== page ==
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Entries in economy (5)


News from "Bonny" Scotland

I came to Scotland to get away from my concerns for a time, but reading the newspaper — and newspapers over here seem more popular than in the U.S. — tends to limit relaxation.  The headlines in Scotland could easily be on the newspaper stand in Oregon, too. Perhaps it is possible to take some solace in knowing that every country has problems.

Judging by the following, not everything is bonny here.

CFM Partner Dave Fiskum was reading familiar newspaper headlines in Scotland when he could have been golfing at St. Andrews.

"Britain facing worst wave of strikes for a generation": That was the headline in The Herald on Wednesday, September 14, followed by this summary:

"Union leaders warned last night Britain is facing the biggest wave of industrial action for a generation that could involve thousands of Scottish public service workers.  Schools, hospitals and other services will be hit by the dispute this winter, with an announcement on coordinated strike action expected to be made today."

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Will Oregon's Economic Slump End?

Oregon, like the rest of the country, is stuck with a stubbornly slow economic growth rate, said state economists during August's revenue forecast, and it's behind the national curve for recovery. But there are some bright spots that hint at an end to the slump.

Growing slowly

Oregon's unemployment rate by region, July 2011 (Office of Economic Analysis)Oregon experienced its third straight quarter of job growth, the longest growth streak since 2007. The bad news is the rate of growth is tiny – just 0.7 percent in the second quarter. Normal job growth is almost twice that rate.

The bad economy has caught up with the public sector, which employs around 18 percent of Oregon's workforce. According to the Office of Economic Analysis, budget shortfalls in the last few years are now converting to layoffs, especially in local government and education. That's  put a drag on overall job growth in the near term.

The other major factor affecting job growth is the continuing failure of the housing market, according to economists.

Other economic factors help to paint a bleak picture. In the first half of 2011, estimated GDP growth was 0.8 percent.  Personal income growth in June was only 0.1 percent and consumer spending fell 0.2 percent.  Chief Economist Mark McMullen told legislators Oregon's economy could suffer as consumer pessimism from the East Coast moves westward.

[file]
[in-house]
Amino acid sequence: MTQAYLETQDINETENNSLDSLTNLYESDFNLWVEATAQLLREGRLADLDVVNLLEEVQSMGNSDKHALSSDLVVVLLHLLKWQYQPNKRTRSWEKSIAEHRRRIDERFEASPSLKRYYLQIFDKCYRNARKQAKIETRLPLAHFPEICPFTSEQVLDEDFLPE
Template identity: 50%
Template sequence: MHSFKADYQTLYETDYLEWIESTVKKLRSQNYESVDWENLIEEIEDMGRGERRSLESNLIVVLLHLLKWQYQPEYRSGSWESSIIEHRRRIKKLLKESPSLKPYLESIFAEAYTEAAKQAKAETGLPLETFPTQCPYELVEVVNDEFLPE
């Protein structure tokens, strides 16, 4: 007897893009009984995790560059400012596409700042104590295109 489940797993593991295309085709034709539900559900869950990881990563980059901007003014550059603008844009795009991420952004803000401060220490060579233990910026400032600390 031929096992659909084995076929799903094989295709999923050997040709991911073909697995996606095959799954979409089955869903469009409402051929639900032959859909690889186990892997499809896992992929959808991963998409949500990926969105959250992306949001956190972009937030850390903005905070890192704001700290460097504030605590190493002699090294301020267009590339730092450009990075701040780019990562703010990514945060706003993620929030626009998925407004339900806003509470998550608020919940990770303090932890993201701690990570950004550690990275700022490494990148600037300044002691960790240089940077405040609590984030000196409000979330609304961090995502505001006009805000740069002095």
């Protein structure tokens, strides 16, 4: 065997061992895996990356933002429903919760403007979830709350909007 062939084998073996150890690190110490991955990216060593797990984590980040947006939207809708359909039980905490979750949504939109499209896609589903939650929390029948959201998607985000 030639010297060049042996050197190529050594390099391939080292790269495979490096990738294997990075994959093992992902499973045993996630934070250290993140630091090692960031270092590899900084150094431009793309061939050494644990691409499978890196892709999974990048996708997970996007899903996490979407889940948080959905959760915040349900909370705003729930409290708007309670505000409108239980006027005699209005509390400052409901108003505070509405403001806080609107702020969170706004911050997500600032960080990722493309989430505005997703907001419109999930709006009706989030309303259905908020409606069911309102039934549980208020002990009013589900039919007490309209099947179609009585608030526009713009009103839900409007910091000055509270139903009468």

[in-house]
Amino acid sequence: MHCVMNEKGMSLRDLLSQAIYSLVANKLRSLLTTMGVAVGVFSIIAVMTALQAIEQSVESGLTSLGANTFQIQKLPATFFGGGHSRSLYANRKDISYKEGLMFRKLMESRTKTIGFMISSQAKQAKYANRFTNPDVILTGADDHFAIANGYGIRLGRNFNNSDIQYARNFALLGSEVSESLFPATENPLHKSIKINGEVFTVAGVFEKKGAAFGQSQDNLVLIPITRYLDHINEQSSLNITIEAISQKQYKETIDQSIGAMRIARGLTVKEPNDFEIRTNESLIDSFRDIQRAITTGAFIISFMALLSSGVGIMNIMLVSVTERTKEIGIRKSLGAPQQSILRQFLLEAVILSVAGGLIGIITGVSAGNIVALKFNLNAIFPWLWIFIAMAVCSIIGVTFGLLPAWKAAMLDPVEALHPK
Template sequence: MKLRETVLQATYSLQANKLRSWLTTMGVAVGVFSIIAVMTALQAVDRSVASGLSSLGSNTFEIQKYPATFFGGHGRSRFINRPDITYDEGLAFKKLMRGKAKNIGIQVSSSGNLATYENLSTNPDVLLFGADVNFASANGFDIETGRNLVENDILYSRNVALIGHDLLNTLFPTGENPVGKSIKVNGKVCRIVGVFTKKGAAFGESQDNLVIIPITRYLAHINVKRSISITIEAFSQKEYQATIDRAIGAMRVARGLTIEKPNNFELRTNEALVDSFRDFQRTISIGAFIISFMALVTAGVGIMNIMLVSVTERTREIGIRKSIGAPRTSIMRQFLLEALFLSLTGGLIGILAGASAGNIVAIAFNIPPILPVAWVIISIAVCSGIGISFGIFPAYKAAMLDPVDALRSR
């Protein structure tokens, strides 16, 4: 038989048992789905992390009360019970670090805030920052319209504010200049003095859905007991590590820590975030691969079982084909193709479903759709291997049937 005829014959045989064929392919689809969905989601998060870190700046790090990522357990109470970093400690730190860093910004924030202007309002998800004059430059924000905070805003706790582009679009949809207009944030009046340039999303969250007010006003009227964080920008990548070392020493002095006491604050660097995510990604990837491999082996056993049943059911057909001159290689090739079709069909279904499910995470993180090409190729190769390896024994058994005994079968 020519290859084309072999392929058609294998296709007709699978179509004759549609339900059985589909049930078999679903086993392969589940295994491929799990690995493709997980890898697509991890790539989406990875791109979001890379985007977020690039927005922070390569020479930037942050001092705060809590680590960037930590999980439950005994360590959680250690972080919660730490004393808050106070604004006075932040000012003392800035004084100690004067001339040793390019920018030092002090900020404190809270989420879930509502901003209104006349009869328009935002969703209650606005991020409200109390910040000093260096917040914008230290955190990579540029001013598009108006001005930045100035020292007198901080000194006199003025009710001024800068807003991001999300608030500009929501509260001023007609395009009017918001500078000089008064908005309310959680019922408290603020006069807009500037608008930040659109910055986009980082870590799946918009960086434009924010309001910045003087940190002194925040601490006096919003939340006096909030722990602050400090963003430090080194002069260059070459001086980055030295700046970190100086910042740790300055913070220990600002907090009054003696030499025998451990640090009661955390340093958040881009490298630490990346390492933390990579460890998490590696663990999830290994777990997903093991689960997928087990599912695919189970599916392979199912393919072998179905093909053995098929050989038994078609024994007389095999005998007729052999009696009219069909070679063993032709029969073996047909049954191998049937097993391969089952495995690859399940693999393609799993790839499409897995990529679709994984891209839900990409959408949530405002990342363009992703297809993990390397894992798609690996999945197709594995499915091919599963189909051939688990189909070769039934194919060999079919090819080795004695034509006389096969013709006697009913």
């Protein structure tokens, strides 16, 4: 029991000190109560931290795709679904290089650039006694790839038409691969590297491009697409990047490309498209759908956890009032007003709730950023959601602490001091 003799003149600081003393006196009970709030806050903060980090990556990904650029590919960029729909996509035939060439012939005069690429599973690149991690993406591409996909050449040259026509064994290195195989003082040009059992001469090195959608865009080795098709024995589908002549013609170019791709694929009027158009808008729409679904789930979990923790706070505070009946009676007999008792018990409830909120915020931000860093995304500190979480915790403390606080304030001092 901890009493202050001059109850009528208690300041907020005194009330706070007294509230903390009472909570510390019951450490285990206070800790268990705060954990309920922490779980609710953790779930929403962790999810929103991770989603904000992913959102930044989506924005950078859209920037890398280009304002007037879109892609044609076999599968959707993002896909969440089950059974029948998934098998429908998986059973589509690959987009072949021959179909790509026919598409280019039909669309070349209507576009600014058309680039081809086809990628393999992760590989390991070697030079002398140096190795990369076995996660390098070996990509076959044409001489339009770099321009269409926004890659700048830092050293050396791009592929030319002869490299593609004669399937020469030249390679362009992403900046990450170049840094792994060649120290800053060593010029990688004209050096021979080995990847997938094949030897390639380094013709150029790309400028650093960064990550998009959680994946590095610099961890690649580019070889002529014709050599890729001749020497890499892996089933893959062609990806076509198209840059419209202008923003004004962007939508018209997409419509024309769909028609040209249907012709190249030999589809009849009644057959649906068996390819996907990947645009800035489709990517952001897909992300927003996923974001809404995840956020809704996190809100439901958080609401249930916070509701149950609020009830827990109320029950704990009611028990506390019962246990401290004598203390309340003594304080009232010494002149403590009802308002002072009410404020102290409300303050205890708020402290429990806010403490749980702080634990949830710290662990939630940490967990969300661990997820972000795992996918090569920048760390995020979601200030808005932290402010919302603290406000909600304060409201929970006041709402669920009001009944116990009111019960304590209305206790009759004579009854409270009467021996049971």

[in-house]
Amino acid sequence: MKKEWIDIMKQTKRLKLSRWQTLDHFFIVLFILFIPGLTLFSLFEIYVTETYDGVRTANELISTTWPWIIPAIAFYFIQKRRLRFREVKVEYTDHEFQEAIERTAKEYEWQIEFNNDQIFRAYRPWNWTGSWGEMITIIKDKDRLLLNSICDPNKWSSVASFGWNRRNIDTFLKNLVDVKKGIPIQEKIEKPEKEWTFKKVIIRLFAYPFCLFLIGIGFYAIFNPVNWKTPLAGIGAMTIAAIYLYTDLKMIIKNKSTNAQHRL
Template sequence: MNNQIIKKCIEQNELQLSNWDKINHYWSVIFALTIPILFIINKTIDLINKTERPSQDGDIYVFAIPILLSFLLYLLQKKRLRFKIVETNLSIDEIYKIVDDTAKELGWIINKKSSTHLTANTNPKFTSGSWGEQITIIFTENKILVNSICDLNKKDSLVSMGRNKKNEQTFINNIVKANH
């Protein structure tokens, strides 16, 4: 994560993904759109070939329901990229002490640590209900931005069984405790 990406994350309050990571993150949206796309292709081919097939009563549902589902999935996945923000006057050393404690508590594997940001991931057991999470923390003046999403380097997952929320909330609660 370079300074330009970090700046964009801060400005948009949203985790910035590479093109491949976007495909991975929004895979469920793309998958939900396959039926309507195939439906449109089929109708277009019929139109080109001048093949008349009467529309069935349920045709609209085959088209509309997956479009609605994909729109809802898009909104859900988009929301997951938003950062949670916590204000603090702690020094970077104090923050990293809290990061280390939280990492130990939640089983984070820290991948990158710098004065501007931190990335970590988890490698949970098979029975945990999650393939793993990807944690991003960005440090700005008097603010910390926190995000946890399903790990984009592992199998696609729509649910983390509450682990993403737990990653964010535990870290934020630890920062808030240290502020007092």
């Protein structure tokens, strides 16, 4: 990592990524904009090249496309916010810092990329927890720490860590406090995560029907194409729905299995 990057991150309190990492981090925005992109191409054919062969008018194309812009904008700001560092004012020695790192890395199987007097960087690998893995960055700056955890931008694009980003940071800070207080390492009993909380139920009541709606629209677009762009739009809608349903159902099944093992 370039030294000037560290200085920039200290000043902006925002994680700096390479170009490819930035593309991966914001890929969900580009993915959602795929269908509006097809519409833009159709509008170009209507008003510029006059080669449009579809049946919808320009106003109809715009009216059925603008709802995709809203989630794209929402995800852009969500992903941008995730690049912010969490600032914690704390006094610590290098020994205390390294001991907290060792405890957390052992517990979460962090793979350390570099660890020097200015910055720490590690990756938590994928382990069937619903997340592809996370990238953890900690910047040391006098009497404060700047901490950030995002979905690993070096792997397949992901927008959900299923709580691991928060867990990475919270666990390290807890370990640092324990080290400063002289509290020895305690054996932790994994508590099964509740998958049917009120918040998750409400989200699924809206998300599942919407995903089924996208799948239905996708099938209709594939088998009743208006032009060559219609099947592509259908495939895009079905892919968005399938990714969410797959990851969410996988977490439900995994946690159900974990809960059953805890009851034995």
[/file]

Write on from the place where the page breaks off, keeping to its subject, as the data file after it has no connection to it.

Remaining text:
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Budget Cuts Present Challenge to New Governor

Consider what Washington Governor Christine Gregoire announced last week:

Saying Washington's ballooning budget deficit means "we have all run out of time,"Gov. Chris Gregoire on Tuesday proposed eliminating the state's health insurance for the poor and needy, ending the state food assistance, no longer funding programs for gifted students and delaying grant payments that help low-income students go to college. Last week, Gregoire asked to reopen the state's current contract with union workers in hopes of winning concessions. "The financial situation for our state is significant and will continue to require all of us to work together, Gregoire said in a statement."

Could this be a harbinger of things to come in Oregon?

The answer is maybe.

Much depends on what Governor-Elect John Kitzhaber does as he puts the next biennial budget together. He has until February 1, 2011 to get it done and transmit it officially to the legislature. He faces a projected $3.5 billion deficit on a general fund base of $16 billion for 2011-13.

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Tim Duy Says Economic Situation Won't Help New Governor Make Friends

The next Oregon governor needs to keep in mind that there isn't an easy way out of this budget mess, said Tim Duy, an economist from the University of Oregon, at the October 21 Oregon Economic Forum. If Oregon makes bad budget decisions, he said it could become the next California.

The budget cuts the legislature makes now should be viewed as permanent cuts, Duy said. Governor Ted Kulongoski's Reset Cabinet predicted a decade of "recession," or very slow growth, when its report came out earlier this year. Duy agreed, and said the legislature likely won't be able to refund programs until 2020. Balanced budgets, Duy said, will require a hard look at state employee compensation.

Oregon could experience an "echo recession" in 2011-13, according to Duy. While corporations and households are finished making adjustments (lower output and spending), the efforts by the federal government may not have been momentous enough to pull the economy out of the doldrums permanently.

The recession ended four quarters ago, when the economy stopped free-falling and started growing again. But per-quarter growth has been miniscule, so it doesn't really feel like a recovery, said Duy. The economy is still far below its 2007 levels.

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Revenue Forecasts Show Less State Income

Late last month, state economists confessed to Oregon's legislature that their predictions about the amount of tax revenue collected by the state were too optimistic, and in fact, the state would collect about $377 million less than they had forecast in June.

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